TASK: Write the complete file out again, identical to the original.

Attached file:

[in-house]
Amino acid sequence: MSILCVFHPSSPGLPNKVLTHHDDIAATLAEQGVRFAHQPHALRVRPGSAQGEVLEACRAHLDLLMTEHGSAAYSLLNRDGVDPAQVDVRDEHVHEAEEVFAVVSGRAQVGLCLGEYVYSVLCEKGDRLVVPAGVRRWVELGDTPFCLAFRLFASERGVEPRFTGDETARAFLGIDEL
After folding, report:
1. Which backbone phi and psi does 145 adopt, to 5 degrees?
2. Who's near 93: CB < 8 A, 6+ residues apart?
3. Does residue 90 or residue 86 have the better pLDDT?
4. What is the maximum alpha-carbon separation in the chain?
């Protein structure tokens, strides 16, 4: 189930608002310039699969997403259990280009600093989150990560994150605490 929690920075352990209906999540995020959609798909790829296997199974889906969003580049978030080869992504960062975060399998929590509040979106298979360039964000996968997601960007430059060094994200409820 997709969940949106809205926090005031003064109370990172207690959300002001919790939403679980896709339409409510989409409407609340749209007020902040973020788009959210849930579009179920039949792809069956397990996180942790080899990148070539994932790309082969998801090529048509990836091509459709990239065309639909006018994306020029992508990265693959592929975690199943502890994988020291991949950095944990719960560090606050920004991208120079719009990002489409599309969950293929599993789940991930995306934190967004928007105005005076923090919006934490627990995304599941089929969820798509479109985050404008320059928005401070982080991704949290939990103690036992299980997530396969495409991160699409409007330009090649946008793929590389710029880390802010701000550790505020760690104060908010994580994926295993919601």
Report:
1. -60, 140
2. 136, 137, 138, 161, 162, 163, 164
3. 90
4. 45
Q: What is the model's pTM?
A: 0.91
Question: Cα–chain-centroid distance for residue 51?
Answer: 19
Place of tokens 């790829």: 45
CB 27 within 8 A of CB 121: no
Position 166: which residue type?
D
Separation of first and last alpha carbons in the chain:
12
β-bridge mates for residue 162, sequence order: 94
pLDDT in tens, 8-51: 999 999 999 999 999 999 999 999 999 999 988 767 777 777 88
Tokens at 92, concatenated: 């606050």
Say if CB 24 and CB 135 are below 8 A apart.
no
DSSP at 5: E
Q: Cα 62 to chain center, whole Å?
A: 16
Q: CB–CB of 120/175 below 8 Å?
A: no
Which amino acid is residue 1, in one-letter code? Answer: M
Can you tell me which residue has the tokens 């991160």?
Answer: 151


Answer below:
[in-house]
Amino acid sequence: MSILCVFHPSSPGLPNKVLTHHDDIAATLAEQGVRFAHQPHALRVRPGSAQGEVLEACRAHLDLLMTEHGSAAYSLLNRDGVDPAQVDVRDEHVHEAEEVFAVVSGRAQVGLCLGEYVYSVLCEKGDRLVVPAGVRRWVELGDTPFCLAFRLFASERGVEPRFTGDETARAFLGIDEL
After folding, report:
1. Which backbone phi and psi does 145 adopt, to 5 degrees?
2. Who's near 93: CB < 8 A, 6+ residues apart?
3. Does residue 90 or residue 86 have the better pLDDT?
4. What is the maximum alpha-carbon separation in the chain?
């Protein structure tokens, strides 16, 4: 189930608002310039699969997403259990280009600093989150990560994150605490 929690920075352990209906999540995020959609798909790829296997199974889906969003580049978030080869992504960062975060399998929590509040979106298979360039964000996968997601960007430059060094994200409820 997709969940949106809205926090005031003064109370990172207690959300002001919790939403679980896709339409409510989409409407609340749209007020902040973020788009959210849930579009179920039949792809069956397990996180942790080899990148070539994932790309082969998801090529048509990836091509459709990239065309639909006018994306020029992508990265693959592929975690199943502890994988020291991949950095944990719960560090606050920004991208120079719009990002489409599309969950293929599993789940991930995306934190967004928007105005005076923090919006934490627990995304599941089929969820798509479109985050404008320059928005401070982080991704949290939990103690036992299980997530396969495409991160699409409007330009090649946008793929590389710029880390802010701000550790505020760690104060908010994580994926295993919601």
Report:
1. -60, 140
2. 136, 137, 138, 161, 162, 163, 164
3. 90
4. 45
Q: What is the model's pTM?
A: 0.91
Question: Cα–chain-centroid distance for residue 51?
Answer: 19
Place of tokens 């790829």: 45
CB 27 within 8 A of CB 121: no
Position 166: which residue type?
D
Separation of first and last alpha carbons in the chain:
12
β-bridge mates for residue 162, sequence order: 94
pLDDT in tens, 8-51: 999 999 999 999 999 999 999 999 999 999 988 767 777 777 88
Tokens at 92, concatenated: 């606050």
Say if CB 24 and CB 135 are below 8 A apart.
no
DSSP at 5: E
Q: Cα 62 to chain center, whole Å?
A: 16
Q: CB–CB of 120/175 below 8 Å?
A: no
Which amino acid is residue 1, in one-letter code? Answer: M
Can you tell me which residue has the tokens 């991160």?
Answer: 151